Q Our daughter, Lucy is eight years old and playing Little League baseball for the first time. My husband and I have been discussing how we want her to learn good sportsmanship behavior. We’ve been to some of her games where the parents yell at the officials, and the kids and parents are openly angry if they lose the game. What suggestions do you have for us?
A Good sportsmanship is when players and spectators are respectful to each other, the parents, coaches and officials. It’s when the rules of the game are followed. It’s helping a fallen player get up, whether that player is on your team or an opponent. It’s taking pride in winning but accepting loss without drama.
Here are some suggestions:
- Be a role model for good sportsmanship as described above. Children look to you for acceptable behavior.
- Don’t call coaches, players or officials derogatory names. Speak privately with the coach if you have a concern.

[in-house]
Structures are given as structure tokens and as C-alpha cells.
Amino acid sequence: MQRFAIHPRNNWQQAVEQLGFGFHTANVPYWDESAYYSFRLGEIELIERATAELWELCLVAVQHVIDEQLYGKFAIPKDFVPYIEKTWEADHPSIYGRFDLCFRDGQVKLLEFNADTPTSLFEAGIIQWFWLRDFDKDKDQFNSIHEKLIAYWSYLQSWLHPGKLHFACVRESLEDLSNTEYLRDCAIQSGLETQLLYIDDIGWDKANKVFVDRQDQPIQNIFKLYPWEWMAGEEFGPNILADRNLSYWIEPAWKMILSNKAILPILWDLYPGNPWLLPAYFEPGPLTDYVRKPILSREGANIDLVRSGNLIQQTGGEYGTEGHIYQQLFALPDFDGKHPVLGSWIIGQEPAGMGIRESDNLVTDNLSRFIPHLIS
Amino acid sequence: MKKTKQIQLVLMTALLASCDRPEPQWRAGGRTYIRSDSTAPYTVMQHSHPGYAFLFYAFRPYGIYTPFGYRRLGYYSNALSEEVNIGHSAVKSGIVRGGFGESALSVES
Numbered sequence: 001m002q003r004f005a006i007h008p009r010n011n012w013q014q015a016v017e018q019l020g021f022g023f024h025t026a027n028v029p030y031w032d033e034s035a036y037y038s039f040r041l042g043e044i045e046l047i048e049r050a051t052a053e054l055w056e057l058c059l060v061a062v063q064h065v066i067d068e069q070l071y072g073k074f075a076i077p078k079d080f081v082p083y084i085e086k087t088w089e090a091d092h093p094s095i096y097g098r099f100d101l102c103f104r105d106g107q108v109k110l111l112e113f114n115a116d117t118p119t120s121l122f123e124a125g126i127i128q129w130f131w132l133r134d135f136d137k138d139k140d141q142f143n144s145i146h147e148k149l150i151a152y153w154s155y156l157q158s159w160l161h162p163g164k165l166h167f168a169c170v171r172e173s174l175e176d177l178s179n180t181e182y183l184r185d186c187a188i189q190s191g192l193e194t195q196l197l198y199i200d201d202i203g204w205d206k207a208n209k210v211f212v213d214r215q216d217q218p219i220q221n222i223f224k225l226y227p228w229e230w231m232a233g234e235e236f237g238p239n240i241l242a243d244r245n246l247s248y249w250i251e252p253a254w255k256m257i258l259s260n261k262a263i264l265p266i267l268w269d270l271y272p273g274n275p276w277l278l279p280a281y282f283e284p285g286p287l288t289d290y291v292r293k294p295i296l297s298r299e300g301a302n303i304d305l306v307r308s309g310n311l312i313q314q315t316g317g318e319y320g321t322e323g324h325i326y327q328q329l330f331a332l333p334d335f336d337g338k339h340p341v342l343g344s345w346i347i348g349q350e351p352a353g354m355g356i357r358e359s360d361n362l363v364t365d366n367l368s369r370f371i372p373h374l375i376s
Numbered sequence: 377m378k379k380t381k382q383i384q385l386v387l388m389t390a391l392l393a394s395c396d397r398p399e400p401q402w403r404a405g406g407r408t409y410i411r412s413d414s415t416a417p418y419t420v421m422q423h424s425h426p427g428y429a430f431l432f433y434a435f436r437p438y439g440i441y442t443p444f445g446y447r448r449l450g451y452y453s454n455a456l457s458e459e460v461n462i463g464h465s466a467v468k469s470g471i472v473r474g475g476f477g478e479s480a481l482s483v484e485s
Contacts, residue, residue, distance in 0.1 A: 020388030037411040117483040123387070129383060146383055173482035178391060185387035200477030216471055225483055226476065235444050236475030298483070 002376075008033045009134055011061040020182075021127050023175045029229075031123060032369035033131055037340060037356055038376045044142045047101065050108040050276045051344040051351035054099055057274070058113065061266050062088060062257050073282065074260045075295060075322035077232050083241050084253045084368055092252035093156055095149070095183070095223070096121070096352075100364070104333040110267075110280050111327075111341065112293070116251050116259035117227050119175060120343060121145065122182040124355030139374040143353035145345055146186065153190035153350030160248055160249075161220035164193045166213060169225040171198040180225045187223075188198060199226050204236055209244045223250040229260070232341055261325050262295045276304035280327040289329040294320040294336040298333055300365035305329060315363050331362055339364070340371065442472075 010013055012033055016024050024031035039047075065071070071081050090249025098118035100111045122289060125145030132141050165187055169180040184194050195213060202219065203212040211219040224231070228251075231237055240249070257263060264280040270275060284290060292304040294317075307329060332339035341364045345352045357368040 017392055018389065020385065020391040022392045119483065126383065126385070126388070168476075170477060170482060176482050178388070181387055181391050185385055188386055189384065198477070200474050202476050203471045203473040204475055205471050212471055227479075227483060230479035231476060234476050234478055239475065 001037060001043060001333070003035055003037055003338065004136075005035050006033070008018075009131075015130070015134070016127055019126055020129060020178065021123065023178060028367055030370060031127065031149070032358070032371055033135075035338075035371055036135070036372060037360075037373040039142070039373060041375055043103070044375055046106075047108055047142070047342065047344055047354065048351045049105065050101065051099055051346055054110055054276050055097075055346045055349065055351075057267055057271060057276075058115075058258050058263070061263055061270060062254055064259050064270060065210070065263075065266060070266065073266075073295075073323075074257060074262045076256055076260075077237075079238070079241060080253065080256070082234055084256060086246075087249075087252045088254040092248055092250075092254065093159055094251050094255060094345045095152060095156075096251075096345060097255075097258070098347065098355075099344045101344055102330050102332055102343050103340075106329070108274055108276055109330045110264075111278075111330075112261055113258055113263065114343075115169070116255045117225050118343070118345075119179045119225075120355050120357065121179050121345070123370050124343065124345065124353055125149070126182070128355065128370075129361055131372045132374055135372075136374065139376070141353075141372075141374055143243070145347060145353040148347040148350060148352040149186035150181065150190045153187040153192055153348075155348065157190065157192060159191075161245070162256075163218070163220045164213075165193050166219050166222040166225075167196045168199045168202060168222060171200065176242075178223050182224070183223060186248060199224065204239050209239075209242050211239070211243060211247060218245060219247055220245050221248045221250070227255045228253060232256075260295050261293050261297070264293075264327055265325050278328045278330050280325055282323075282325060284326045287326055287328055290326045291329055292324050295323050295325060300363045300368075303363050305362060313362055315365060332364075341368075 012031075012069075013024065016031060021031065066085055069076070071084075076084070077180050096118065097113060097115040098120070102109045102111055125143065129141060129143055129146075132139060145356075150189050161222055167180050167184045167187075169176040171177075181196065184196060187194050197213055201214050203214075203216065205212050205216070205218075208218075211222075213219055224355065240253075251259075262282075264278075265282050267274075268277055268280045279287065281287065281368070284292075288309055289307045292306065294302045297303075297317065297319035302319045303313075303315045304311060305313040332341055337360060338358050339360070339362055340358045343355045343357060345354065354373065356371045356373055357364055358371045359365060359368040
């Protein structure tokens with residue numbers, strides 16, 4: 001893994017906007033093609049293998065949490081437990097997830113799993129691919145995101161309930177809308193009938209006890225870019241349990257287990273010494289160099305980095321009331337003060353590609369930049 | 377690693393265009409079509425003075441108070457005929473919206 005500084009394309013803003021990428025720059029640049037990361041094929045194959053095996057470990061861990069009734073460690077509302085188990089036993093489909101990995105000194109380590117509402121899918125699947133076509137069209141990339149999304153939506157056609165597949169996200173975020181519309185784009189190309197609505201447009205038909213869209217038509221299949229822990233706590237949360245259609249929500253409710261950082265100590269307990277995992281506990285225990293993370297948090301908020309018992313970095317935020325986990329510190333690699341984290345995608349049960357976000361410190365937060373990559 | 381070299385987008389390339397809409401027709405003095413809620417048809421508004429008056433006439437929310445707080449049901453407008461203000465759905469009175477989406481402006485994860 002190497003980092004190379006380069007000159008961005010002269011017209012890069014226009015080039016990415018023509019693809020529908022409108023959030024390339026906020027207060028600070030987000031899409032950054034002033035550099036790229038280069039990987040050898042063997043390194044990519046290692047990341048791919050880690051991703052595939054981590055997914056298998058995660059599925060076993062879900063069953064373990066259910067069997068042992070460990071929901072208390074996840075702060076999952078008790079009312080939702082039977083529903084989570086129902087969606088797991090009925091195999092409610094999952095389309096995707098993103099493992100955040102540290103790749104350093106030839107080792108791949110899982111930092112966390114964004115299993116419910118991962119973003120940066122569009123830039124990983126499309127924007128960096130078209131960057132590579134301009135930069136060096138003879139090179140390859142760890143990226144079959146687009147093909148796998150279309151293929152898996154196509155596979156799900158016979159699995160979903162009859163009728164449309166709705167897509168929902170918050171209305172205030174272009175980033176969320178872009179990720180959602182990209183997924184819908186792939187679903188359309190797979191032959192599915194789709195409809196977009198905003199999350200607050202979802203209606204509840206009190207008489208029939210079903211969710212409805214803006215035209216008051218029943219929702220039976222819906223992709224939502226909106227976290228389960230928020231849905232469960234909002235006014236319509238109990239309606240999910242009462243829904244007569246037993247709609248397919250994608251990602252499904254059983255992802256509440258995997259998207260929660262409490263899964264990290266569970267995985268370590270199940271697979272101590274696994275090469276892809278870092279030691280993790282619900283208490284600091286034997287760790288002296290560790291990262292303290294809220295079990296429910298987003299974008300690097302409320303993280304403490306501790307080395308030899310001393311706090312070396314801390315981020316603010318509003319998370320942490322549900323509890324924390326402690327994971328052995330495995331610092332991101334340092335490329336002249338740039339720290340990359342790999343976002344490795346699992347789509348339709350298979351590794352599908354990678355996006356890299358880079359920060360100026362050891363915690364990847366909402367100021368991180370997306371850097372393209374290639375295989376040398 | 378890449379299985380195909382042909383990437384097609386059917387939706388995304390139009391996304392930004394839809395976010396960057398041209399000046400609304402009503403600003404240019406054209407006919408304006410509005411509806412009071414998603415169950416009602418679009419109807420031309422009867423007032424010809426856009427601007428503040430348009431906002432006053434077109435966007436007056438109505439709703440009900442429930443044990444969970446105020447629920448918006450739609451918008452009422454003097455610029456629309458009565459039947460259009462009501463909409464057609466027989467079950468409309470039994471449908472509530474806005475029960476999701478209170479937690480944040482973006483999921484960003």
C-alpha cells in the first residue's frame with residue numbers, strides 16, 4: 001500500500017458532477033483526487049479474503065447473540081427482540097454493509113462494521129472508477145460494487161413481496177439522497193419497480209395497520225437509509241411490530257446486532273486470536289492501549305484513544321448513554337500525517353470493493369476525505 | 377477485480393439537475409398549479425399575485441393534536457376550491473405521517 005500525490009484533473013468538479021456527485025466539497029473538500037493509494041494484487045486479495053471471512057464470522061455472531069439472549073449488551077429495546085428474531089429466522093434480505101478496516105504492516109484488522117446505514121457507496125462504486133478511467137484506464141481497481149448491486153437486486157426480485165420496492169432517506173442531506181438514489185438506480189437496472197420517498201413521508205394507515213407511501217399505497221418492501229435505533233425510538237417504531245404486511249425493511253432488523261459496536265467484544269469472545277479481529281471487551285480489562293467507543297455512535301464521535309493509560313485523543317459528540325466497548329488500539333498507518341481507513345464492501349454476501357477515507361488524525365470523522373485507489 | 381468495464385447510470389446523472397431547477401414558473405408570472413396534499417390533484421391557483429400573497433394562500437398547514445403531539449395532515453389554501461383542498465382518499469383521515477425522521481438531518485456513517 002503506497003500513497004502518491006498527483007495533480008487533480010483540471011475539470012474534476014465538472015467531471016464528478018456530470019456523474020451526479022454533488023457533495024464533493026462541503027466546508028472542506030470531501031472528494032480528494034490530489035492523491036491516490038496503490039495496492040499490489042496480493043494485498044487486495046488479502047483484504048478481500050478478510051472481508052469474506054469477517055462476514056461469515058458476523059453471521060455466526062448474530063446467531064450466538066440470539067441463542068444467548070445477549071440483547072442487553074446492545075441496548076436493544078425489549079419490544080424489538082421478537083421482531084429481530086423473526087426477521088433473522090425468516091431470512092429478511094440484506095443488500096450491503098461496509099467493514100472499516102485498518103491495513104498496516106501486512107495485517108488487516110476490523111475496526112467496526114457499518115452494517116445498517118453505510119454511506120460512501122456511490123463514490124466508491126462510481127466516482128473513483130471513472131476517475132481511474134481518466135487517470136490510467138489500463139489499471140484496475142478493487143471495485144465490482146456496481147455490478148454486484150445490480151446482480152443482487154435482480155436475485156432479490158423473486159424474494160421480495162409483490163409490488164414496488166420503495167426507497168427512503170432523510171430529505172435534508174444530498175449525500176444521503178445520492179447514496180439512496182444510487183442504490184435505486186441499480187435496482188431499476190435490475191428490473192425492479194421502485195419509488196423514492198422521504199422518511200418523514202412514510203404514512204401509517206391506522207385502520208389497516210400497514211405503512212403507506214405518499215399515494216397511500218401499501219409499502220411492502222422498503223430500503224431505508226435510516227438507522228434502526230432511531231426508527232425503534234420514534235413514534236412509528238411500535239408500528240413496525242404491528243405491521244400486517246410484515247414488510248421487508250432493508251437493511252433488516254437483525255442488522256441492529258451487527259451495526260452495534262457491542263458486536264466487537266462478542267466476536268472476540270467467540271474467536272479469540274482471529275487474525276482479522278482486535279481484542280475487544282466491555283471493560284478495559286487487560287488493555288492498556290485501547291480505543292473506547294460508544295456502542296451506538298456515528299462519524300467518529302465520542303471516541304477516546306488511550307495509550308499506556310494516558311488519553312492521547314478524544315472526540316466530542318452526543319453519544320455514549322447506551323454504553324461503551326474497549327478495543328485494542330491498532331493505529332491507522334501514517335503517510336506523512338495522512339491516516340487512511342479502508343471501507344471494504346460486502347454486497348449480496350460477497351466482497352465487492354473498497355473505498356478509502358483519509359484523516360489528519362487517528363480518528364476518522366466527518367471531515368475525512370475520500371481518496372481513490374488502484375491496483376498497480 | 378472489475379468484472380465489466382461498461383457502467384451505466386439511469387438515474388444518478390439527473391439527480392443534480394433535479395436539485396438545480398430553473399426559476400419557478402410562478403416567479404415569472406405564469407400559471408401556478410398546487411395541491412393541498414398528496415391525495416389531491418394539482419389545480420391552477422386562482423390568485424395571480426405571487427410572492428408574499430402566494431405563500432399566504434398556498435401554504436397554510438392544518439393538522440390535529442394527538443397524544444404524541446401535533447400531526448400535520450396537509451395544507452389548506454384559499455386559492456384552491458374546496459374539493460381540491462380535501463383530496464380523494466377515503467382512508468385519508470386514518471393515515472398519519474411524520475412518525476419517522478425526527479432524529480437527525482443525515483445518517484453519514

- Attend as many of your child’s games as you can.
- After a competition, don’t focus on winners and losers. Instead, you can ask your child: What do you think you did well during the game? Is there anything you wish you could do better? Be willing to work on those skills with your child.
- When your child shows good sportsmanship, acknowledge it. For example, “I like the way you said, ‘good game’ to your opponent.” Talk about good sportsmanship behavior that you observed from the opposing team as well.
- Let your child experience an honest win or loss when playing a game with her parents. This provides a chance to work on losing graciously.
- Another approach for parents who want to teach good sportsmanship is to get involved in a leadership role. For example, be a coach. Some kids come to the game already having good sportsmanship behavior (perhaps learned at home) while others need to be taught. Kids thrive when they are proud of their parents as in, “My dad is one of the coaches.”
- Talk with other parents about the sports organizations they like best in your city. Get an idea of whether any of these opportunities would work for your child. Learn what it will require of you.
In talking with parents, I’ve found that many have had to take their children off a team with poor sportsmanship behavior. As a parent, be willing to find another team with better behavior.
BettyRichardson, PhD, RN, CS, LPC, LMFT, is an Austin-based psychotherapist.